Esbe: Art Inspired by Women in Sport

Esbe is a young gun having only been a professionally practicing artist for four years. She turned to art when her career as a classical guitarist was brought to a halt by a neurological RSI (repetitive strain injury). Having trained at the Royal Academy of Music and always worked as a professional musician Esbe reflects, “When the condition developed and it was diagnosed I knew I would never play again”

When she was six years old, Esbe bought her mother a birthday card, bearing an Art Deco Erté design. It was the first card she’d ever bought and the smooth elegance of the 1920’s made its’ impression at that very early age. Audrey Beardsley is another influence she takes from the glitzy era of Art Deco and you can see it reflected in the graceful lines that define Esbe’s work.

She has an ongoing collection of source images, which in Esbe’s words is, “a folder full of stuff I’ve collected though I’m not sure where it’s all come from!”

Esbe fishes from this pool of magazine cut-outs for inspiration, prompting a painstaking drawing process. Once a composition has been refined on paper, Esbe enlarges the outline transferring it onto canvas, ready to paint.

The Diver

Olympic Inspiration

Esbe had never really been interested in sport before the Olympics came to London. She cycles but wouldn’t describe herself as sporty and she doesn’t follow any discipline or team.

The Cyclist

When the goliath sporting event came to town in 2012 Esbe explains, “I thought I’d try to watch the Olympics and to my great surprise I became glued to it. I didn’t do much work that month!”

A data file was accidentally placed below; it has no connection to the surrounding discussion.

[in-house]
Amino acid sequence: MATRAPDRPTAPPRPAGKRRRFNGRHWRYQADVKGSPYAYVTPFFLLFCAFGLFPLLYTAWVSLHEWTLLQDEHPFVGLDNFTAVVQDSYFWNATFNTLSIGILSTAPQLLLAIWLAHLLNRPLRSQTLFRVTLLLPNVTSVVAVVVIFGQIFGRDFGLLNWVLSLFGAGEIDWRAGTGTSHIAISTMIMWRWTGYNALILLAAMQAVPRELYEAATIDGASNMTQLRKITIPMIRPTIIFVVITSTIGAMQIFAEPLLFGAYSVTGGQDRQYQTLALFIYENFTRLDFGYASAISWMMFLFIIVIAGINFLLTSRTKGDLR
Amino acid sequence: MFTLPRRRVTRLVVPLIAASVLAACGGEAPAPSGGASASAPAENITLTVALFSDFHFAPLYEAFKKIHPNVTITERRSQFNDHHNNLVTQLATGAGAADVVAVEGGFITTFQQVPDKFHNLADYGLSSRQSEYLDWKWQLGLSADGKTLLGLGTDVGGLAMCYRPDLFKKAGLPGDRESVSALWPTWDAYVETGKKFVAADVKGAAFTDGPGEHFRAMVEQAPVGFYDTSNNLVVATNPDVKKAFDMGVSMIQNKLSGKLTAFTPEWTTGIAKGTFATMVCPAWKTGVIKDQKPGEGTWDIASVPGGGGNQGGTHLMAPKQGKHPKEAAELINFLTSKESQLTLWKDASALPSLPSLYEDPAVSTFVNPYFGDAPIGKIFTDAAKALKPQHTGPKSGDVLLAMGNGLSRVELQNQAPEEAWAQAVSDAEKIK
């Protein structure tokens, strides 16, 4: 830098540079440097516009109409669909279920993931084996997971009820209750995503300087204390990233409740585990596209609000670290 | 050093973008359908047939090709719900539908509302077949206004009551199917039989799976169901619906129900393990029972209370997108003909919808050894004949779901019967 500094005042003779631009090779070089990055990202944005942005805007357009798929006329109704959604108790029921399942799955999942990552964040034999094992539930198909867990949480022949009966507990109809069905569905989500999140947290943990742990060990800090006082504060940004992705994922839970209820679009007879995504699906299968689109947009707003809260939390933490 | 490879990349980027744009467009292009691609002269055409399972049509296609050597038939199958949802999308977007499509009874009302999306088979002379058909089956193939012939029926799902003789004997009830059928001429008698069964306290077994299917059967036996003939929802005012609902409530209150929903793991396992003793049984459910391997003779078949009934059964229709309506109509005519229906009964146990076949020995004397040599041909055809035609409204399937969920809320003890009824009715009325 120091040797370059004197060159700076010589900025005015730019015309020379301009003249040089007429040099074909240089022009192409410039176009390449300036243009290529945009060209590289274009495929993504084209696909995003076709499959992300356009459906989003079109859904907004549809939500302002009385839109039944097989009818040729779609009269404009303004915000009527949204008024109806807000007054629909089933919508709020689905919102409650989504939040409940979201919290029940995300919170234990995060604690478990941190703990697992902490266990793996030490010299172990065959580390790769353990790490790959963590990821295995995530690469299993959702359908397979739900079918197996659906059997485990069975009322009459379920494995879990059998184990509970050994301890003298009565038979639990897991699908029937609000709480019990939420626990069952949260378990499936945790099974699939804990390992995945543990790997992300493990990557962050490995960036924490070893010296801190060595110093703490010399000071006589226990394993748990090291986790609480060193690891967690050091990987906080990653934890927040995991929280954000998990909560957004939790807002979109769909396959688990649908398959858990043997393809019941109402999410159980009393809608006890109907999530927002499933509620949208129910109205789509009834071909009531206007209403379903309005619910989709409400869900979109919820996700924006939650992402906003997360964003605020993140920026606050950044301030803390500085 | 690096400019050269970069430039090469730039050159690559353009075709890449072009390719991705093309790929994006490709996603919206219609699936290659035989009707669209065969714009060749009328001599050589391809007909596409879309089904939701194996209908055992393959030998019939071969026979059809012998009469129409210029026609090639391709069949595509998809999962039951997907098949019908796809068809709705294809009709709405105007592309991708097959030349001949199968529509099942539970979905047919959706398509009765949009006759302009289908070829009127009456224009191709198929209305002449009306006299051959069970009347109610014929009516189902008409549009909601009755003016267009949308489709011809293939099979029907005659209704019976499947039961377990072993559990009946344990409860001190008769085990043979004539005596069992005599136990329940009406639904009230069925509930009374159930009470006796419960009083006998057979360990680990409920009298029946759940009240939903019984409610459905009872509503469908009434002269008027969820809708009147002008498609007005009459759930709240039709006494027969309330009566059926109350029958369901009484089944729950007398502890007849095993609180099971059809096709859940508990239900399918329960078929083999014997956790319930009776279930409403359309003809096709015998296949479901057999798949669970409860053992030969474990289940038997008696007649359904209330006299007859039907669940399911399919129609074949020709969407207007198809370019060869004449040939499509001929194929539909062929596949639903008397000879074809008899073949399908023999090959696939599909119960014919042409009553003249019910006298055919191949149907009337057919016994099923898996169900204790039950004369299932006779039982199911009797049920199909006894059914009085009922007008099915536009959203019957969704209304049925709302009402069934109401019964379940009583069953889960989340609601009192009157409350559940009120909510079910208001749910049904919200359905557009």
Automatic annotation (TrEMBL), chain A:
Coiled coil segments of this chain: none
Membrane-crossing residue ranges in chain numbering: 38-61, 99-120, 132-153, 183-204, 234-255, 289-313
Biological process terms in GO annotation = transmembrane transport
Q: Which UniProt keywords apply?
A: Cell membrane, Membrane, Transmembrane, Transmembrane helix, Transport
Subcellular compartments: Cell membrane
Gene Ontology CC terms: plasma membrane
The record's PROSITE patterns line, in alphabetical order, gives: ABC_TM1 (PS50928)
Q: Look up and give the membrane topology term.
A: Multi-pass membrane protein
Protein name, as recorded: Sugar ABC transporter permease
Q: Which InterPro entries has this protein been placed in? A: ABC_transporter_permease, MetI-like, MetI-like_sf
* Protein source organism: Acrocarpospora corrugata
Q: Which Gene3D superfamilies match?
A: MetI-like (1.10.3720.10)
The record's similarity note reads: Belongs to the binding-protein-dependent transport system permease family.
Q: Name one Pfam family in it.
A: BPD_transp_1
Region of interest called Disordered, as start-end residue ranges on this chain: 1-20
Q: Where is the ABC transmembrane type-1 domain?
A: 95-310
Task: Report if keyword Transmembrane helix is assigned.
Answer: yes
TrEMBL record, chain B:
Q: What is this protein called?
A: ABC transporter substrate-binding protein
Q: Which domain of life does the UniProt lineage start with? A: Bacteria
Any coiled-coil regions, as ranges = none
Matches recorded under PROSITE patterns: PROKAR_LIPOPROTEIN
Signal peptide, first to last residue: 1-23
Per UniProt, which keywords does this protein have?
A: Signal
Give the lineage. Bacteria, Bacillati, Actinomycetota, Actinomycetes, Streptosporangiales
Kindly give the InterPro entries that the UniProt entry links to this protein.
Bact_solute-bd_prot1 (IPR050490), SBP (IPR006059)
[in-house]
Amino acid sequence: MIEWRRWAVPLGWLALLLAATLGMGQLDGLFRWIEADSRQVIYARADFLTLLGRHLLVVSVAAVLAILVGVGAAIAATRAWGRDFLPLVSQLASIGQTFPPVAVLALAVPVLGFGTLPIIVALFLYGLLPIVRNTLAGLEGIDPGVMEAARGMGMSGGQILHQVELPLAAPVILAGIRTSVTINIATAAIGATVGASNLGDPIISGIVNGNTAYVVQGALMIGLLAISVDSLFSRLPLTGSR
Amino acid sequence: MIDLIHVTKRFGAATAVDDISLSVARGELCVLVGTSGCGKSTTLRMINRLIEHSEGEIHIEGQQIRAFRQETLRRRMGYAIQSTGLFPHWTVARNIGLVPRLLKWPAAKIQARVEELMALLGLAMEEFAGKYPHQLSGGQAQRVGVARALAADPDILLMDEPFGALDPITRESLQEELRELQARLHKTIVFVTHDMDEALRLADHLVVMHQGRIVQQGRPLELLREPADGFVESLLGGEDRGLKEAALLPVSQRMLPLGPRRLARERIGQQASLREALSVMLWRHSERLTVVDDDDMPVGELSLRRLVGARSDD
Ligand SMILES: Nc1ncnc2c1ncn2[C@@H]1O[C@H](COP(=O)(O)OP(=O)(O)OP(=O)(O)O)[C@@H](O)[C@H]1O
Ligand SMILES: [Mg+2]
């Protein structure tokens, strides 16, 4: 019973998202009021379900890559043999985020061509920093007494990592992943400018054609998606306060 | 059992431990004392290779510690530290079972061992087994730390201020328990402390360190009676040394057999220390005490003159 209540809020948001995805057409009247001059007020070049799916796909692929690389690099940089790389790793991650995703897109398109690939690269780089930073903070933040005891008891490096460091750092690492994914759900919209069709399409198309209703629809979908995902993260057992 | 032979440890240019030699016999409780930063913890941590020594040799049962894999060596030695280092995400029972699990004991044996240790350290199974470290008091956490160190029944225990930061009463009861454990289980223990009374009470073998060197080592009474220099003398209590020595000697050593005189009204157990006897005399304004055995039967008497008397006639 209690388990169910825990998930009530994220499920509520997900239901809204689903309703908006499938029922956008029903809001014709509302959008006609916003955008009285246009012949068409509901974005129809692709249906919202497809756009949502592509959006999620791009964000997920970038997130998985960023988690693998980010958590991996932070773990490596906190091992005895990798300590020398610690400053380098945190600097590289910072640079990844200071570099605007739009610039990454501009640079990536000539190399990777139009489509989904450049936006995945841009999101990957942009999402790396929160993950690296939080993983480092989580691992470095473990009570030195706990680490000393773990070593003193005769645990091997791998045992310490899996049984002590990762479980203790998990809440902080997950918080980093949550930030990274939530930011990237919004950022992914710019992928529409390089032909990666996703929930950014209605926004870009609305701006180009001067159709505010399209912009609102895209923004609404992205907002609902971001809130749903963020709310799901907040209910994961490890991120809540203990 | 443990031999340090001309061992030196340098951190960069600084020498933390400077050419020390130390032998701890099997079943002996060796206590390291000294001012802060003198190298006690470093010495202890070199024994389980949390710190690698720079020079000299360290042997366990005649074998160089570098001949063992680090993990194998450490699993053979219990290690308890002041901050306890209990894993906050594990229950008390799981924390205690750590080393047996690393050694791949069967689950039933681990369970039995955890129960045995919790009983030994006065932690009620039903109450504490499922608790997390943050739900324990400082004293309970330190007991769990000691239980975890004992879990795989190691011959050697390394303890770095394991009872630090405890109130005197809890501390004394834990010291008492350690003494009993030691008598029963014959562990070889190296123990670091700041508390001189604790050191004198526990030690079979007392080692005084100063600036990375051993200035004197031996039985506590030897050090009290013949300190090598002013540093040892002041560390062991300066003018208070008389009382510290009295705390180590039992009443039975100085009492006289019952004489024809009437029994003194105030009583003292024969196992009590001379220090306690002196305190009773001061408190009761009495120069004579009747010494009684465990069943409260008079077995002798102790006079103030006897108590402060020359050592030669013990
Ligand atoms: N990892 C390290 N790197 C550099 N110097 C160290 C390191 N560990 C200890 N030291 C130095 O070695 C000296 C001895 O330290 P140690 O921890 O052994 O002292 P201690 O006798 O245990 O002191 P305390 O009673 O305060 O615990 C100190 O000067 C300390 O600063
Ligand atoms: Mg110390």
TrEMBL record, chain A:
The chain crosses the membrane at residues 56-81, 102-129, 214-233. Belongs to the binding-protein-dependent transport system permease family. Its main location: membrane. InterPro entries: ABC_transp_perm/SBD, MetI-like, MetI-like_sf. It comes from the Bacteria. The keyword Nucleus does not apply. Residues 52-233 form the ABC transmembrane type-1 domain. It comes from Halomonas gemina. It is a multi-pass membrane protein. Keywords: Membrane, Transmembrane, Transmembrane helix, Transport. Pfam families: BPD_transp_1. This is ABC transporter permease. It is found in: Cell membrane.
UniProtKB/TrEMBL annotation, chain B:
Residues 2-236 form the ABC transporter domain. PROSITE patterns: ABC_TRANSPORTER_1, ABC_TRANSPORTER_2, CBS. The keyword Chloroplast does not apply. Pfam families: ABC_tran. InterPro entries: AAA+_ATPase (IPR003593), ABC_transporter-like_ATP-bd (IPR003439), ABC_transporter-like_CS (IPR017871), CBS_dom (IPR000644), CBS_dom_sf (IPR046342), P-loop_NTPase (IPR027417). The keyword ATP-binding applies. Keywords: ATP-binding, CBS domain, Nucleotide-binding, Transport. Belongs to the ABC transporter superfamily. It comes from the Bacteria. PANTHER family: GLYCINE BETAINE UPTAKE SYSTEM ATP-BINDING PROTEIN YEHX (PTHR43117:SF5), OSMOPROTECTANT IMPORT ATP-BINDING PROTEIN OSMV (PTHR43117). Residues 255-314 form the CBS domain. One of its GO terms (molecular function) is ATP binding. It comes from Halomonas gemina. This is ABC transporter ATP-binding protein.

This unexpected connection with the Olympics coupled with stumbling upon a magazine image of a cyclist inspired the creation of the first of a number of sports related pieces.

“I like to create ‘things within things’”, explains Esbe in reference to a cyclist nestled between the spokes of large bike wheel. “I also like to produce groups of works as opposed to a one off.”

Esbe originally teamed up with a small factory who helped her to develop a sports themed collection onto glass. This body of work then developed into a collection of paintings on canvas.

Women in Sport

Esbe’s collection is made up entirely of sportswomen; from gymnast to water skier, surfer to tennis player.  It wasn’t a conscious decision to begin with but as the ideas developed, the collection grew into a celebration of women in sport.

Although Esbe does paint men, she explains, “the female form is very flowing and you don’t often see men lounging elegantly!”

It seems to be the lines and contours in her work that people connect with, perhaps more so than the sports themselves. “To begin with I thought people would relate to the sports they played or followed to but that hasn’t been the case. It’s the form that interests them.”

Esbe has mined each sport for elegant shapes and successfully converted these into stylishly simple paintings. Although it’s early days, her perfectionist nature and clarity of process promises more interesting and refreshing work to come. Watch this space.

The Tennis Player

Every Facilities Manager a Curator: Approaching Office Art

In a world inundated with signs prompting us to push, pull and follow the arrows are there more intuitive ways to help people find their way around a building?

Directional signage is no doubt central to the successful navigation of a space… but perhaps we are missing something.

Art is a powerful tool that is often underestimated, treated purely as an aesthetic exercise. It is used to ‘brighten up’ a space or add ‘a splash of colour’ but its ability to impact on human behaviour goes far beyond decoration.